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Thirsty for beans

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Above: A typical meal in my Liberia host family.

 

It is hard to overstate the importance of rice and beans to the Costa Rican diet.  I have rice (white) and beans (black or deep red) with every meal.  I’m not sure why, but for some reason at breakfast it’s called “gallo pinto” (“black-and-white-speckled rooster”), the difference being that the rice and beans are cooked and served together instead of cooked separately and served side by side.  They say there’s some added flavoring, but I can’t say I really notice any cracks in the monotony.

Said monotony was the subject of a few lighthearted complaints during orientation week.  I held back, afraid of how five and a half months would ever pass if I started complaining after five and a half days.  Instead, I’ve set my mind to drinking rice and beans like water.  I hope to internalize the monotony until I fail to notice it having any taste, while at the same time yearning for it to quench my hunger.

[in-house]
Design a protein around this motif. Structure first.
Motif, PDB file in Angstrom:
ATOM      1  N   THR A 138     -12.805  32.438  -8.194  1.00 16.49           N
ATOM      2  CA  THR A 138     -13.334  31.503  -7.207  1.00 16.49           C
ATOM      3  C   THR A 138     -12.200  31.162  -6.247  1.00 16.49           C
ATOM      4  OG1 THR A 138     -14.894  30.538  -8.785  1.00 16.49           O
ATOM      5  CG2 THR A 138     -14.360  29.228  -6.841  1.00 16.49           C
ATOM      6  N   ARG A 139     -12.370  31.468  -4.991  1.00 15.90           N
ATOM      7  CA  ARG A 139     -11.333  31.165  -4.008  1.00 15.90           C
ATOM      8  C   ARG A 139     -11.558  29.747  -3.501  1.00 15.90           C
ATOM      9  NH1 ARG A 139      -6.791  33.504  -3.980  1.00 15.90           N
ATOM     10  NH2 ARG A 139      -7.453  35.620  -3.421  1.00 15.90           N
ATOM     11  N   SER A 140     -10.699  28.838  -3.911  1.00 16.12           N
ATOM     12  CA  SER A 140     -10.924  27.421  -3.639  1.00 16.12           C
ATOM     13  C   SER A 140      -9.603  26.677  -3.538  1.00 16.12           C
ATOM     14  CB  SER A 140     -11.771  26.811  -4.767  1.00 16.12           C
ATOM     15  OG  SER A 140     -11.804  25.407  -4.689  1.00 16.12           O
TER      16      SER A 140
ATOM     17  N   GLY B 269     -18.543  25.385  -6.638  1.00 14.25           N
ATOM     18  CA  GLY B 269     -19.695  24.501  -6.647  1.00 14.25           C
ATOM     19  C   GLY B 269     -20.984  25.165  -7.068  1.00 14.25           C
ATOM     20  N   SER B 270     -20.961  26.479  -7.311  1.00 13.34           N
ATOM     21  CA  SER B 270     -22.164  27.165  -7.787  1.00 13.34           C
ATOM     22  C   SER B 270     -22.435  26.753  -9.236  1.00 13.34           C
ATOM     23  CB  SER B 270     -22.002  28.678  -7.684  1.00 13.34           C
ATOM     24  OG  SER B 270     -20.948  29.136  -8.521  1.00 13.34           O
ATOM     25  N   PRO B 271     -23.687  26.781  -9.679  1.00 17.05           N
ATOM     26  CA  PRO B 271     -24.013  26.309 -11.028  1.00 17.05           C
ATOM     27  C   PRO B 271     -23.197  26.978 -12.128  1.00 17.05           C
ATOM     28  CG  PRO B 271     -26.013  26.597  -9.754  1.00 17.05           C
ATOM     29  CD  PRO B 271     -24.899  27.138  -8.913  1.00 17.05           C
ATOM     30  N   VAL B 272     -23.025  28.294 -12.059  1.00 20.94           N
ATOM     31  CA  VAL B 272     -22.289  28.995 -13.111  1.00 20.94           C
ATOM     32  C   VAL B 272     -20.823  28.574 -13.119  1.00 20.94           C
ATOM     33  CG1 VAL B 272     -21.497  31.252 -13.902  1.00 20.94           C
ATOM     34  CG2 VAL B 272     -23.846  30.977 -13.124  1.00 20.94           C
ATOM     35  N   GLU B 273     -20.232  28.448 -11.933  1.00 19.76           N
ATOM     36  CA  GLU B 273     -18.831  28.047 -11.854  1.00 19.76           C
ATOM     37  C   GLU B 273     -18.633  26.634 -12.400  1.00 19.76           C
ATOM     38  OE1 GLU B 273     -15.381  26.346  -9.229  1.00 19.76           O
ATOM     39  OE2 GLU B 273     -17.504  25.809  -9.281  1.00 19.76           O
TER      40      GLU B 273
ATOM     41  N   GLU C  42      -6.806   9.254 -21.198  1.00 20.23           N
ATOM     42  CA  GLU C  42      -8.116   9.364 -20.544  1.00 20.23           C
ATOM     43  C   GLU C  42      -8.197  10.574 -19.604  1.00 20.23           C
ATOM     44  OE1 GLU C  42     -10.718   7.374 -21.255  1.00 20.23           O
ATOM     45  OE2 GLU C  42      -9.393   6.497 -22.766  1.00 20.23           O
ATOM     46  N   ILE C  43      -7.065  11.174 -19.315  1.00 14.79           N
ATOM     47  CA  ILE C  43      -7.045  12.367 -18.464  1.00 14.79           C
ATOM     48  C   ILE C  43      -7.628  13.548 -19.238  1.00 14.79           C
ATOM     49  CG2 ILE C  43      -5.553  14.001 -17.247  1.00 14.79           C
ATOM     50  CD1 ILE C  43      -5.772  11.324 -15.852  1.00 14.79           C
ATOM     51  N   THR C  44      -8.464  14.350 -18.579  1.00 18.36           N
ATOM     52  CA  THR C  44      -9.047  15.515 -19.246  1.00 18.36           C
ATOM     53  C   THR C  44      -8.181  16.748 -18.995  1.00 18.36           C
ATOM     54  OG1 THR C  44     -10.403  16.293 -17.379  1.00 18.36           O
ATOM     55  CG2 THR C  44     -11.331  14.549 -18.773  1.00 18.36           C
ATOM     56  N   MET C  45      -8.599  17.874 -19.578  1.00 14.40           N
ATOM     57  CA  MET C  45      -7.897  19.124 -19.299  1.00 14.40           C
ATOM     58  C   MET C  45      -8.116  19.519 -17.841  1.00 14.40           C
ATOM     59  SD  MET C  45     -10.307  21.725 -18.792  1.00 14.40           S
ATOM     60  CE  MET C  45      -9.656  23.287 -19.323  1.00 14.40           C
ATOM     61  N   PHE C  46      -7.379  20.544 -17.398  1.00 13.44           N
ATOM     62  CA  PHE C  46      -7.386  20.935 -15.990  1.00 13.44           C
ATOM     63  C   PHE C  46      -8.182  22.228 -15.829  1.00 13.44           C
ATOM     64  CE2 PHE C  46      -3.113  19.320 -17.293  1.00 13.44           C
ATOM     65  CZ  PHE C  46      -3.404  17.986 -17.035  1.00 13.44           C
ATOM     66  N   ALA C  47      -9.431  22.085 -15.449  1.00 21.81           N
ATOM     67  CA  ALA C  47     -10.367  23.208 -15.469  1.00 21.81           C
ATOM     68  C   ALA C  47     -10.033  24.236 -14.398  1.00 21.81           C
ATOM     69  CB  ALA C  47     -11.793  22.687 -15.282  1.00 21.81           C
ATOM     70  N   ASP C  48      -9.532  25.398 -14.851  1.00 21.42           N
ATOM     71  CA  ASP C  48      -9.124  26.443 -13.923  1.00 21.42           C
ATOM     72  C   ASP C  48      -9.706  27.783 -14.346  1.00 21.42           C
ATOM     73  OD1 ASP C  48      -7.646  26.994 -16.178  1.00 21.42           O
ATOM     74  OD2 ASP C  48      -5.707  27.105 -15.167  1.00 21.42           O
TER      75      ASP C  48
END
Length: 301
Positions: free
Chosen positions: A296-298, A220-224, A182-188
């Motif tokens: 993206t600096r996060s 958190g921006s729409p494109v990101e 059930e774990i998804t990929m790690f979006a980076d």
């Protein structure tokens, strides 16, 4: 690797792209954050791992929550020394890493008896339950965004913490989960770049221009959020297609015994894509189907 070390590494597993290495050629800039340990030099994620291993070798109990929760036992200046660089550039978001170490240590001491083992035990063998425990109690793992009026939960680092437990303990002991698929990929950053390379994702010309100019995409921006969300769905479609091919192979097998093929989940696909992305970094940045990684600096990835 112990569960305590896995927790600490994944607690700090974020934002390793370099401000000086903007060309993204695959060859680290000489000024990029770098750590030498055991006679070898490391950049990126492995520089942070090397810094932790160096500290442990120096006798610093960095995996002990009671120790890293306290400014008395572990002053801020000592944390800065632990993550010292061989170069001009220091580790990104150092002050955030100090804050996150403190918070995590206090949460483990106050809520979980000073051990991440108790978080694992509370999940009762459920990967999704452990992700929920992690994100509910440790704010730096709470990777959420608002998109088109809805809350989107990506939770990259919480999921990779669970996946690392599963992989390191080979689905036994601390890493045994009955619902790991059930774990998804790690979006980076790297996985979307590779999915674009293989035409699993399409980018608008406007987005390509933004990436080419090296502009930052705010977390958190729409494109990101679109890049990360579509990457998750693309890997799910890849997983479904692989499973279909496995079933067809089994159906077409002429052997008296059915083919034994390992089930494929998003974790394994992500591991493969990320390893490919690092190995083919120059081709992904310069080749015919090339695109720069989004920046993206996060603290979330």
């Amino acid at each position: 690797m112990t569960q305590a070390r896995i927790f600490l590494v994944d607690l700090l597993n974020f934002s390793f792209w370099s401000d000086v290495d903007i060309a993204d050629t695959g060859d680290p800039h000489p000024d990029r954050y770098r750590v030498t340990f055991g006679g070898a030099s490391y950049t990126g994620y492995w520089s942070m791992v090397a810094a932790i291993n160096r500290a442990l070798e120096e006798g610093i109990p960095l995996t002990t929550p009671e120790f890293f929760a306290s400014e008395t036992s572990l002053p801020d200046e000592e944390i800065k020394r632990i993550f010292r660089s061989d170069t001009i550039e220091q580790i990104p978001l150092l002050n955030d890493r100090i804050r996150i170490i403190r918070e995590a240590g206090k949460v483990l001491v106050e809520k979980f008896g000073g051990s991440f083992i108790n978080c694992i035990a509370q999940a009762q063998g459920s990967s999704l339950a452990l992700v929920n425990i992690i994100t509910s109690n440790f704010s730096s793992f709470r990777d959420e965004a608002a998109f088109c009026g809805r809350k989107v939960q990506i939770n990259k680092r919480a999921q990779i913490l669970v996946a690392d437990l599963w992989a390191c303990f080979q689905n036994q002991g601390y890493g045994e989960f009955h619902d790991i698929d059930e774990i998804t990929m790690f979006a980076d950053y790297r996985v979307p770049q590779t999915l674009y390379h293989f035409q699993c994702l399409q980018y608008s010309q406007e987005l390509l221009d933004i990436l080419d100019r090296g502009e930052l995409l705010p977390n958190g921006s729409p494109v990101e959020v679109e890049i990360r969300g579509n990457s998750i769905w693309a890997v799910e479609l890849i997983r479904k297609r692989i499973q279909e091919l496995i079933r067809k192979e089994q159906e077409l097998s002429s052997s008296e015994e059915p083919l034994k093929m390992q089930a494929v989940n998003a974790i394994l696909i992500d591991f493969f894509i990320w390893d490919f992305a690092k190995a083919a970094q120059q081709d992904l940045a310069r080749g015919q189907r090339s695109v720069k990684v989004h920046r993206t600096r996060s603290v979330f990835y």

I am inspired by one of the many stories my mom tells of her time in the Peace Corps in Honduras, which together account for much of attraction to Latin America.  In this story, she is at at fancy meal with her friend Chico.  The meal is “fancy” because it has meat, a rare treat for poor farmers.  But Chico says, “Even with meat, without my rice and beans, it’s like I haven’t eaten.”

So far, so good.  I haven’t gotten bored of rice and beans, and I think I’m even learning to love them more.  They elicit a sort of contented nostalgia.  That’s probably because we used to eat them a lot when we were little, when we had Salvadoran babysitter.  But I like to imagine that there’s something in me that is remembering what it is like to coax corn out of the strained slopes of Vivistorio, Honduras, something that won’t be full until he’s had his rice and beans.

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